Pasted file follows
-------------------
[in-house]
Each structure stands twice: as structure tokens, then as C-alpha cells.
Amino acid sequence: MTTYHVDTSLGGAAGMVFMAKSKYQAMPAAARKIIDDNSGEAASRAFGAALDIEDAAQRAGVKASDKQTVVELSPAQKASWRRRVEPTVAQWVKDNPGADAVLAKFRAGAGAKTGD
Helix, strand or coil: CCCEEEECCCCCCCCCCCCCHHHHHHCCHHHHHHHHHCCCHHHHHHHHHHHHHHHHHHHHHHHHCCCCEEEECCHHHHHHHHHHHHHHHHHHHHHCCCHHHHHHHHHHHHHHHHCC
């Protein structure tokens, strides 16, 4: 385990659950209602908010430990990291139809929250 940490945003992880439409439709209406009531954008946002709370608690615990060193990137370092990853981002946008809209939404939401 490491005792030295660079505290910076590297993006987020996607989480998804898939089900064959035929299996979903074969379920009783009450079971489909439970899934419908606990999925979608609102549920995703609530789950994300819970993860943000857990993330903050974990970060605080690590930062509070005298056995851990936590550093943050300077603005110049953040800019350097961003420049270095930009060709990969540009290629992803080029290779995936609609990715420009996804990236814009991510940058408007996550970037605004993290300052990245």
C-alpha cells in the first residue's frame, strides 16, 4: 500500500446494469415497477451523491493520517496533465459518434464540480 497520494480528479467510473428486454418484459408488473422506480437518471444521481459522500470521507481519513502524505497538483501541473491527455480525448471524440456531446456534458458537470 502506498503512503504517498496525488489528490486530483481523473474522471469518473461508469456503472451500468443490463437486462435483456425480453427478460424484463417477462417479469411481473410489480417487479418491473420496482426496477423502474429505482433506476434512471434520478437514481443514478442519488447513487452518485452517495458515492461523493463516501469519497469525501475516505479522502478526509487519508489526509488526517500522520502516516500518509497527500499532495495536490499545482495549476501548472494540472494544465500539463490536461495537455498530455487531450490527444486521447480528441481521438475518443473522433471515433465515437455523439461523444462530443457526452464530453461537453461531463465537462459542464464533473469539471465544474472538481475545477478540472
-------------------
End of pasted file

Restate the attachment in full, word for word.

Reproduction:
[in-house]
Each structure stands twice: as structure tokens, then as C-alpha cells.
Amino acid sequence: MTTYHVDTSLGGAAGMVFMAKSKYQAMPAAARKIIDDNSGEAASRAFGAALDIEDAAQRAGVKASDKQTVVELSPAQKASWRRRVEPTVAQWVKDNPGADAVLAKFRAGAGAKTGD
Helix, strand or coil: CCCEEEECCCCCCCCCCCCCHHHHHHCCHHHHHHHHHCCCHHHHHHHHHHHHHHHHHHHHHHHHCCCCEEEECCHHHHHHHHHHHHHHHHHHHHHCCCHHHHHHHHHHHHHHHHCC
């Protein structure tokens, strides 16, 4: 385990659950209602908010430990990291139809929250 940490945003992880439409439709209406009531954008946002709370608690615990060193990137370092990853981002946008809209939404939401 490491005792030295660079505290910076590297993006987020996607989480998804898939089900064959035929299996979903074969379920009783009450079971489909439970899934419908606990999925979608609102549920995703609530789950994300819970993860943000857990993330903050974990970060605080690590930062509070005298056995851990936590550093943050300077603005110049953040800019350097961003420049270095930009060709990969540009290629992803080029290779995936609609990715420009996804990236814009991510940058408007996550970037605004993290300052990245």
C-alpha cells in the first residue's frame, strides 16, 4: 500500500446494469415497477451523491493520517496533465459518434464540480 497520494480528479467510473428486454418484459408488473422506480437518471444521481459522500470521507481519513502524505497538483501541473491527455480525448471524440456531446456534458458537470 502506498503512503504517498496525488489528490486530483481523473474522471469518473461508469456503472451500468443490463437486462435483456425480453427478460424484463417477462417479469411481473410489480417487479418491473420496482426496477423502474429505482433506476434512471434520478437514481443514478442519488447513487452518485452517495458515492461523493463516501469519497469525501475516505479522502478526509487519508489526509488526517500522520502516516500518509497527500499532495495536490499545482495549476501548472494540472494544465500539463490536461495537455498530455487531450490527444486521447480528441481521438475518443473522433471515433465515437455523439461523444462530443457526452464530453461537453461531463465537462459542464464533473469539471465544474472538481475545477478540472